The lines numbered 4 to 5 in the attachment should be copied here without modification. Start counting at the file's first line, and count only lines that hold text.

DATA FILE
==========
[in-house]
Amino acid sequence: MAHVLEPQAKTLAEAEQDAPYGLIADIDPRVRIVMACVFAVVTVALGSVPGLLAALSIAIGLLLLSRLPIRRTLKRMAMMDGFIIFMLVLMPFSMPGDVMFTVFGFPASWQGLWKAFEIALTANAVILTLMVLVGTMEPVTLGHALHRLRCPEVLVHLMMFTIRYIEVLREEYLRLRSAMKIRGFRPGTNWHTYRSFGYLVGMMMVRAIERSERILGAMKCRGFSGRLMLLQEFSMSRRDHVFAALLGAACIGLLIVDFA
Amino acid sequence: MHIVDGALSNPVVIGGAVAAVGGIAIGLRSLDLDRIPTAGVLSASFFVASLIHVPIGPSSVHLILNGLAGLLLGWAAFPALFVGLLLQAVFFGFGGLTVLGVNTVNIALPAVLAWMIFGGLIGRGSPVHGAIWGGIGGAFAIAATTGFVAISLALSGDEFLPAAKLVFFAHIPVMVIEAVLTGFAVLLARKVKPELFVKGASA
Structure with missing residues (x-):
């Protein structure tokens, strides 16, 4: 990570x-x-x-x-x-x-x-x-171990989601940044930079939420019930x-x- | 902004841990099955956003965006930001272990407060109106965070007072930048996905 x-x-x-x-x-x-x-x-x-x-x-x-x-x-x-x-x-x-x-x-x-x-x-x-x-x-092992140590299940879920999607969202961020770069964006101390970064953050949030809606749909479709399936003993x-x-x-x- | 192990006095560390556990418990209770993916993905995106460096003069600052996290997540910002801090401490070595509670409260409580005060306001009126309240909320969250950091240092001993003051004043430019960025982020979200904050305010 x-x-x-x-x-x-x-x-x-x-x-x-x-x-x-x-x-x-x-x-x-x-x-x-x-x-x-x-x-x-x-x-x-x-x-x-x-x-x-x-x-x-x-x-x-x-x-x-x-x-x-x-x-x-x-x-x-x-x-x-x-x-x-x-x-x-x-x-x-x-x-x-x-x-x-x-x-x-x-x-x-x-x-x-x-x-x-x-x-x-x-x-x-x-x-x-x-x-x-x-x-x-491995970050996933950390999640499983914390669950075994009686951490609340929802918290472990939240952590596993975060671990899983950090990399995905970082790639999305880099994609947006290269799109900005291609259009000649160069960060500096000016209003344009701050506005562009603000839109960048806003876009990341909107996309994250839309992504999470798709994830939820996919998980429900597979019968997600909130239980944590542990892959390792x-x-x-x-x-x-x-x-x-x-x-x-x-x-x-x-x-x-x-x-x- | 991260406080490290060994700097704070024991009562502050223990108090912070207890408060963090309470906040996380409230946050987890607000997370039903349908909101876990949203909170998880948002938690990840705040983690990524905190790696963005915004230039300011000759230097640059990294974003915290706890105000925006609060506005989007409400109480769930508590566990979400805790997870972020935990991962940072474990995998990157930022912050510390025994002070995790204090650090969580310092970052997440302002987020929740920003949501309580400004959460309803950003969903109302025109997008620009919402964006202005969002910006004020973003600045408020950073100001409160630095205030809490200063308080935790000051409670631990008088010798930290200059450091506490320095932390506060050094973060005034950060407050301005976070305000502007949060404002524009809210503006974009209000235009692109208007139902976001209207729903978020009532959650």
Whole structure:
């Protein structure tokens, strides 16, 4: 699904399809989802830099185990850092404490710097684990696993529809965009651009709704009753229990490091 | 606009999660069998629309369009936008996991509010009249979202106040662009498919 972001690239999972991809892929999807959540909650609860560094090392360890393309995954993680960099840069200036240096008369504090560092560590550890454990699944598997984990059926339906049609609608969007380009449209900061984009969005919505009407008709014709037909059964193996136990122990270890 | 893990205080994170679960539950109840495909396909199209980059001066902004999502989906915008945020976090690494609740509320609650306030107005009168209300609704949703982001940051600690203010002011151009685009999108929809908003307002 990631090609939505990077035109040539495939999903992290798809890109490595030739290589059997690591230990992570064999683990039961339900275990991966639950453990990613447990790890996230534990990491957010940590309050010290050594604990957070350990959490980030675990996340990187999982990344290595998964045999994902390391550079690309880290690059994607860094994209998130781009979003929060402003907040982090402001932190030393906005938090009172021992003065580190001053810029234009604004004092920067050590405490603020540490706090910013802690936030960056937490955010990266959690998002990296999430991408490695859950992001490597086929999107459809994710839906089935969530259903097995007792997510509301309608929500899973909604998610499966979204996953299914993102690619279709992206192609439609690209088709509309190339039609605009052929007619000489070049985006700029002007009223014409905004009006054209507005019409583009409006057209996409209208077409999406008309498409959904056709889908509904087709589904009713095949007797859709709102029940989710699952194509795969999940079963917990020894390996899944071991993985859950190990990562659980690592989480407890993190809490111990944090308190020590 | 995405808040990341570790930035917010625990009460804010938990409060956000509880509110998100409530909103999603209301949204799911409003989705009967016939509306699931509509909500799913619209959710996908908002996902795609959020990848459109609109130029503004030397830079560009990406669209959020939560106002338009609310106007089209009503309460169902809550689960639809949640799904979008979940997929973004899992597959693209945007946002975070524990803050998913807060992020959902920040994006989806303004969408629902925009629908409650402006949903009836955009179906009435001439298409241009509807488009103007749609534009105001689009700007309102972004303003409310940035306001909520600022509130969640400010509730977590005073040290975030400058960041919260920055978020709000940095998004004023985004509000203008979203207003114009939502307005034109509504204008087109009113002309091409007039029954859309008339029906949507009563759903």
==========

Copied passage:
Structure with missing residues (x-):
């Protein structure tokens, strides 16, 4: 990570x-x-x-x-x-x-x-x-171990989601940044930079939420019930x-x- | 902004841990099955956003965006930001272990407060109106965070007072930048996905 x-x-x-x-x-x-x-x-x-x-x-x-x-x-x-x-x-x-x-x-x-x-x-x-x-x-092992140590299940879920999607969202961020770069964006101390970064953050949030809606749909479709399936003993x-x-x-x- | 192990006095560390556990418990209770993916993905995106460096003069600052996290997540910002801090401490070595509670409260409580005060306001009126309240909320969250950091240092001993003051004043430019960025982020979200904050305010 x-x-x-x-x-x-x-x-x-x-x-x-x-x-x-x-x-x-x-x-x-x-x-x-x-x-x-x-x-x-x-x-x-x-x-x-x-x-x-x-x-x-x-x-x-x-x-x-x-x-x-x-x-x-x-x-x-x-x-x-x-x-x-x-x-x-x-x-x-x-x-x-x-x-x-x-x-x-x-x-x-x-x-x-x-x-x-x-x-x-x-x-x-x-x-x-x-x-x-x-x-x-491995970050996933950390999640499983914390669950075994009686951490609340929802918290472990939240952590596993975060671990899983950090990399995905970082790639999305880099994609947006290269799109900005291609259009000649160069960060500096000016209003344009701050506005562009603000839109960048806003876009990341909107996309994250839309992504999470798709994830939820996919998980429900597979019968997600909130239980944590542990892959390792x-x-x-x-x-x-x-x-x-x-x-x-x-x-x-x-x-x-x-x-x- | 991260406080490290060994700097704070024991009562502050223990108090912070207890408060963090309470906040996380409230946050987890607000997370039903349908909101876990949203909170998880948002938690990840705040983690990524905190790696963005915004230039300011000759230097640059990294974003915290706890105000925006609060506005989007409400109480769930508590566990979400805790997870972020935990991962940072474990995998990157930022912050510390025994002070995790204090650090969580310092970052997440302002987020929740920003949501309580400004959460309803950003969903109302025109997008620009919402964006202005969002910006004020973003600045408020950073100001409160630095205030809490200063308080935790000051409670631990008088010798930290200059450091506490320095932390506060050094973060005034950060407050301005976070305000502007949060404002524009809210503006974009209000235009692109208007139902976001209207729903978020009532959650």